Instagram Post 10/17/2018
(Click on any image to view it in high resolution.)
How can you tell the difference between Uzbek manti and Georgian khinkali? I mean, they’re both big, beautiful meat-filled dumplings, generally boiled or steamed, that hail from Former Soviet Union states. At first glance, they do seem similar but the shapes are the most evident giveaway: manti are pinched closed, sometimes completely sealed, sometimes with little gaps, and they look a bit like a flower or a pyramid or perhaps a child’s fist. Khinkali, on the other hand are always twisted closed in such a way that they resemble a Chinese soup dumpling on steroids, with a little topknot to be employed as a handle for refined eating. (There are those who eschew consuming the topknot, claiming that it’s just too doughy to be anything more than a mechanism for conveying dumpling to mouth; others happily chew it up because it’s part of the package, literally and figuratively.)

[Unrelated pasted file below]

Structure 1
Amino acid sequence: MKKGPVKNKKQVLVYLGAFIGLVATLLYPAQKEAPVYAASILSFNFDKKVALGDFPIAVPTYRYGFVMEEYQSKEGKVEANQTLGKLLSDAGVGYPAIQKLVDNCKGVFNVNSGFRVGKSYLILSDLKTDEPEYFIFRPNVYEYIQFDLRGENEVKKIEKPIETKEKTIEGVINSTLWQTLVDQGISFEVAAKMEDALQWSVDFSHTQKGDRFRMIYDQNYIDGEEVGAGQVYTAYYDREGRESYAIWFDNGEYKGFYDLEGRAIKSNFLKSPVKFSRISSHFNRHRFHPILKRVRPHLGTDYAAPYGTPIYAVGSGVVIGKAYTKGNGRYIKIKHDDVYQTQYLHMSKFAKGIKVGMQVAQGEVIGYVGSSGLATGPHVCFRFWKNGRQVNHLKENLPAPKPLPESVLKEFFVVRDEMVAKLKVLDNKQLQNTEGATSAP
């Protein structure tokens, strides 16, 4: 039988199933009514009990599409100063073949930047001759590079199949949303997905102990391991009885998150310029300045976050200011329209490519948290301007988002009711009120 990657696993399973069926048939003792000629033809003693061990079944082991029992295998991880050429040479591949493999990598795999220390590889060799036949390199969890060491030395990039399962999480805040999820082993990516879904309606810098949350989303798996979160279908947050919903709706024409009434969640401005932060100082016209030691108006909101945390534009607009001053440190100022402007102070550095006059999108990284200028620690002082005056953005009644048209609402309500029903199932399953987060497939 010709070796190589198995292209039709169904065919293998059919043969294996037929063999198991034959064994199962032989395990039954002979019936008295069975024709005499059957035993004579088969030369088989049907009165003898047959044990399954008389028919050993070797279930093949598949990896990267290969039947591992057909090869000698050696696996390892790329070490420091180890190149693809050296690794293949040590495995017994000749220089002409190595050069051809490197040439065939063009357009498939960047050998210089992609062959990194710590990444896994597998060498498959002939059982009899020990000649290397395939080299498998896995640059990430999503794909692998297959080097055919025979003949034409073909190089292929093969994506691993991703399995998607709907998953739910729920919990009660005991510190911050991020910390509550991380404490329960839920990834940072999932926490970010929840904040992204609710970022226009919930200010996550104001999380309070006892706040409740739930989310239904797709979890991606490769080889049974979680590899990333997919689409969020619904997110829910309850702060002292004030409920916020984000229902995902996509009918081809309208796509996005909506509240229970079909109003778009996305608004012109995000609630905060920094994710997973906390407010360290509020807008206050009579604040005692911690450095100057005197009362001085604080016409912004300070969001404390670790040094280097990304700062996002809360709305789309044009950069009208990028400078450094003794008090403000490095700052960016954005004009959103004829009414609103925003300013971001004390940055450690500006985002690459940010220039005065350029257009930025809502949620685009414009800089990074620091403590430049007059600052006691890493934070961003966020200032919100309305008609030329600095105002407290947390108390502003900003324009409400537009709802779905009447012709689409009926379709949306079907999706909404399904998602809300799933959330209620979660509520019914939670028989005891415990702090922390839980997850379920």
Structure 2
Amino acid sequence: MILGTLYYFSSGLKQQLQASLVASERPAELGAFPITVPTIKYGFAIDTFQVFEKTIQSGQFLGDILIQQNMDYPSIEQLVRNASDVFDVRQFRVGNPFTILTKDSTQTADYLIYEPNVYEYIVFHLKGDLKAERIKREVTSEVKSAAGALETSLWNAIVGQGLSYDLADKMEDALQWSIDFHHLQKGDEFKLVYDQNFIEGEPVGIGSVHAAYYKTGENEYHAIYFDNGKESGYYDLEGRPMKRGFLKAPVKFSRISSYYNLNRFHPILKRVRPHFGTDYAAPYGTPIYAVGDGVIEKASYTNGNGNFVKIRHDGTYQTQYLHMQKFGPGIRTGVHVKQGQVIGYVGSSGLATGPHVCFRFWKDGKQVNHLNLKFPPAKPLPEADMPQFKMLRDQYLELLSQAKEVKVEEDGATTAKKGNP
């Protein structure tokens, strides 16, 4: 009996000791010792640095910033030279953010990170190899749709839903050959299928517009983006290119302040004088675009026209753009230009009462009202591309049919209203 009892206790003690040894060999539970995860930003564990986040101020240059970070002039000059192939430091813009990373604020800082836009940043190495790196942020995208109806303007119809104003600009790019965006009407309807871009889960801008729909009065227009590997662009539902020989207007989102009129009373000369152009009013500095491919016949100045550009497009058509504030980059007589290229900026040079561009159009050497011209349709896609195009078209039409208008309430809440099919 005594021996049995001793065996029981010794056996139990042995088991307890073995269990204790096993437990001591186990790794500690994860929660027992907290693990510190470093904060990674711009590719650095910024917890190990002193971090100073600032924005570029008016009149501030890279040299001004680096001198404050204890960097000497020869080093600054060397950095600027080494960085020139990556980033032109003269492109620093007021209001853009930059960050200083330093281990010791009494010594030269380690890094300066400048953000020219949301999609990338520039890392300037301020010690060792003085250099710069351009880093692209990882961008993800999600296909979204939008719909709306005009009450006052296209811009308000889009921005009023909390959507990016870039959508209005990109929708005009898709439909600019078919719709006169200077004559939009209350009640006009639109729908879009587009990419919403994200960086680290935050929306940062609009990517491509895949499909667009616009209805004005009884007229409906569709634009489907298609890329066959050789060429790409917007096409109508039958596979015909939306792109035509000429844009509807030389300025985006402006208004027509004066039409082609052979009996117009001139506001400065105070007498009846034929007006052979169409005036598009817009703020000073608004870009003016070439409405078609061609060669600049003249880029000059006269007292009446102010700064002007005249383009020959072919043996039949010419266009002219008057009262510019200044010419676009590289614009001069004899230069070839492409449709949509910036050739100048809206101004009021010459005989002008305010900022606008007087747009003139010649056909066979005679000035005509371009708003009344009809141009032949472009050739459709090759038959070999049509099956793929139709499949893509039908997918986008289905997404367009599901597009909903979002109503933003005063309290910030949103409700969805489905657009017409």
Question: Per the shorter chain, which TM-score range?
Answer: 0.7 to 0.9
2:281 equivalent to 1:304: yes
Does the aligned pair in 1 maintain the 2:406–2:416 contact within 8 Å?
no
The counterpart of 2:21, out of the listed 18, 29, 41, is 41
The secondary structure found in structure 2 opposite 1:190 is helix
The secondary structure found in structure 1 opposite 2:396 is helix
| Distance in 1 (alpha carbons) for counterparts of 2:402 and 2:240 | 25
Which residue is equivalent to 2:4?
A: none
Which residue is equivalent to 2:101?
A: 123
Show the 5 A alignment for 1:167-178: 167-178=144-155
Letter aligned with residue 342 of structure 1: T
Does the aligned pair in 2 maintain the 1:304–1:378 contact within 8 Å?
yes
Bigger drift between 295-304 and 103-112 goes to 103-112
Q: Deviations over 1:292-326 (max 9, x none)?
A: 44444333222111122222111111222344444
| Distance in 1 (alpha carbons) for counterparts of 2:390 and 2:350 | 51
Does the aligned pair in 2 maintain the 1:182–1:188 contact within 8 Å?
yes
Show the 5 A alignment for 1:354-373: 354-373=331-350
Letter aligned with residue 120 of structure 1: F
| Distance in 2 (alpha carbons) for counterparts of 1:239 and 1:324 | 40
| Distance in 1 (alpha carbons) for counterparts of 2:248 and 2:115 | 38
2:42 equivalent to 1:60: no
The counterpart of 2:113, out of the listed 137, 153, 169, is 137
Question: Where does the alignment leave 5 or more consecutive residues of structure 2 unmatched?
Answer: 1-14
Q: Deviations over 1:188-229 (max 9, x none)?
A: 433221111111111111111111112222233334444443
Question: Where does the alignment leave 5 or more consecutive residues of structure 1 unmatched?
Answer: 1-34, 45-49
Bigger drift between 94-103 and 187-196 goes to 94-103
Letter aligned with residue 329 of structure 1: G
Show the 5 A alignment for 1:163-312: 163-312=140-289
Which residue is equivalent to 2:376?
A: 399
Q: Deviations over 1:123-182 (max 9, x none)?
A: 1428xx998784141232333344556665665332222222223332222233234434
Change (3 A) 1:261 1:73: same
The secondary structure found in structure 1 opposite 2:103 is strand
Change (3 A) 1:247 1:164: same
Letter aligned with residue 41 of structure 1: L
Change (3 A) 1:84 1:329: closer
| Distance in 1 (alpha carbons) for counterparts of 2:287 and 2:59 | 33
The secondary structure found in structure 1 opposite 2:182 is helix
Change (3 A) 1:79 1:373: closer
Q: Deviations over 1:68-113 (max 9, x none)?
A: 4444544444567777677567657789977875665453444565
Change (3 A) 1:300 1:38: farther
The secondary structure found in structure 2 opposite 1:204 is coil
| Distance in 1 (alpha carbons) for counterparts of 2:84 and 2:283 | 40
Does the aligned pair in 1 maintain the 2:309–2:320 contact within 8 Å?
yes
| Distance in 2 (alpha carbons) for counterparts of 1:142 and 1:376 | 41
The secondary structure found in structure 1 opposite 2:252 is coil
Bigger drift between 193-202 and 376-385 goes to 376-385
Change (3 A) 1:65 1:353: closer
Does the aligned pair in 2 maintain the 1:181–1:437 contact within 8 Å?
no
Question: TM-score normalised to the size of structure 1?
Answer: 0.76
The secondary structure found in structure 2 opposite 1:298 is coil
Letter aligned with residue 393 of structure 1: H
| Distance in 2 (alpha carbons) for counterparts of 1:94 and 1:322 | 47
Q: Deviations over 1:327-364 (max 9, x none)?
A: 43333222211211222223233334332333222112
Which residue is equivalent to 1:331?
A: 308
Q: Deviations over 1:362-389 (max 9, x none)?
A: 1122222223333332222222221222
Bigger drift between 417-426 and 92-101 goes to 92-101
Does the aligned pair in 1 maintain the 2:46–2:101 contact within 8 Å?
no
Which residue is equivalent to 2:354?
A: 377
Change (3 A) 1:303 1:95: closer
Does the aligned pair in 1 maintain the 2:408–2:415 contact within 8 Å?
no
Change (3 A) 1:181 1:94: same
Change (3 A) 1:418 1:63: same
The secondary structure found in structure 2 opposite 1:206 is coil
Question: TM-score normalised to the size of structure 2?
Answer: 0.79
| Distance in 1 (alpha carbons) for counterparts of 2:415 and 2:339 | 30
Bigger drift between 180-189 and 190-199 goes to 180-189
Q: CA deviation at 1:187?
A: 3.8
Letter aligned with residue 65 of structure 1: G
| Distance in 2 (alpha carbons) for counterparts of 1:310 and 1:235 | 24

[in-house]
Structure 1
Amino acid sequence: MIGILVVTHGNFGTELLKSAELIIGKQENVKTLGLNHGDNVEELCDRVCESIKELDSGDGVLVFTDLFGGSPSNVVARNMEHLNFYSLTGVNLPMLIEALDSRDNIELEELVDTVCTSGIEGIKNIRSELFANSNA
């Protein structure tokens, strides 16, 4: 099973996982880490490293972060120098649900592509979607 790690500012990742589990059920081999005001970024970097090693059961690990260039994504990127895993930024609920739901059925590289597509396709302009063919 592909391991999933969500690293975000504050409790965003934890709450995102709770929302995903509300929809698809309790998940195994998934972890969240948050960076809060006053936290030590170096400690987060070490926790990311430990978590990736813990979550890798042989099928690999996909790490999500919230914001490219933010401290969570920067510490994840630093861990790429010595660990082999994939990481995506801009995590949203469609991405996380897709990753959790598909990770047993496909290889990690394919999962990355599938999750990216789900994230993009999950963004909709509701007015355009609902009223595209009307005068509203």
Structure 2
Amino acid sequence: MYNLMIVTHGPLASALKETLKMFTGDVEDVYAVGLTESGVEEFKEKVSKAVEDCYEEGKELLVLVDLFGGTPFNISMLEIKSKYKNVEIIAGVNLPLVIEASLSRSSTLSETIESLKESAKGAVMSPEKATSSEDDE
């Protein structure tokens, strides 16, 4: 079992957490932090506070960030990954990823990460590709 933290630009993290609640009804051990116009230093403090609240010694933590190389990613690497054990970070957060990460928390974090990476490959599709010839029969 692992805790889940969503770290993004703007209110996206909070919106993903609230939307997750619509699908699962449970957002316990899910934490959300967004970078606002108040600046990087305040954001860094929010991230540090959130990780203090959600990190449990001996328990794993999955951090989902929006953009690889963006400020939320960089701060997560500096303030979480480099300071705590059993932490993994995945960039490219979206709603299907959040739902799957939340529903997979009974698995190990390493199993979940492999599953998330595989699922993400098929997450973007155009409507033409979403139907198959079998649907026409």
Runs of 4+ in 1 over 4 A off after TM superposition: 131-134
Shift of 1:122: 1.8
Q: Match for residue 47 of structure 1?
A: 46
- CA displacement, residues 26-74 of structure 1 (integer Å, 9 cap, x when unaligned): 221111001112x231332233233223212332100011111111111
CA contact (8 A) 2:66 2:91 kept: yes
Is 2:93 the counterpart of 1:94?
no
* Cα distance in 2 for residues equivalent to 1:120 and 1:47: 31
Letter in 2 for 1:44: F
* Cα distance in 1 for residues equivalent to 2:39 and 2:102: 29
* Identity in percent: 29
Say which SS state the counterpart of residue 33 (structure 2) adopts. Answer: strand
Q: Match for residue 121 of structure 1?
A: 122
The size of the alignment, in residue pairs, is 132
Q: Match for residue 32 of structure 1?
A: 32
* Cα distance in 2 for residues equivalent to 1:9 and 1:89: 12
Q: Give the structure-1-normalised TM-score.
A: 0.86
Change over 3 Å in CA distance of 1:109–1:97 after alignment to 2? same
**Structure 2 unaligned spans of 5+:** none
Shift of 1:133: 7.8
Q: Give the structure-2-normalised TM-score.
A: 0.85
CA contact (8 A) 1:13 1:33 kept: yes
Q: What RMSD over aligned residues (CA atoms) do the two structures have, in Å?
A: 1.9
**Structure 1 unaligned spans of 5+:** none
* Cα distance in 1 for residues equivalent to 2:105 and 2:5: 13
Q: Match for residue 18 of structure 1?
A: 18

Manti fillings (photo 2) vary depending upon provenance, seasonality, and recipe (they’re actually Turkic/Central Asian) and are typically found bursting with juicy, deliciously seasoned lamb and onions diced into tiny chunks (when they’re hot, unlike these), although pumpkin varieties are not at all uncommon. Khinkali from Georgia, a Christian nation (Uzbekistan is predominantly Muslim) usually contain a mixture of ground pork and beef.
And how do they taste? I thought you’d never ask. That’s where personal experience comes into play. And if you join me on my Little Odessa ethnojunket this Saturday, October 20 (pretty sneaky, right?), we’re likely to procure one or the other or both as we eat our way along Brighton Beach Avenue in Brooklyn. If you’d like to join us for the adventure, please click here for more information and to sign up. Hope to see you then!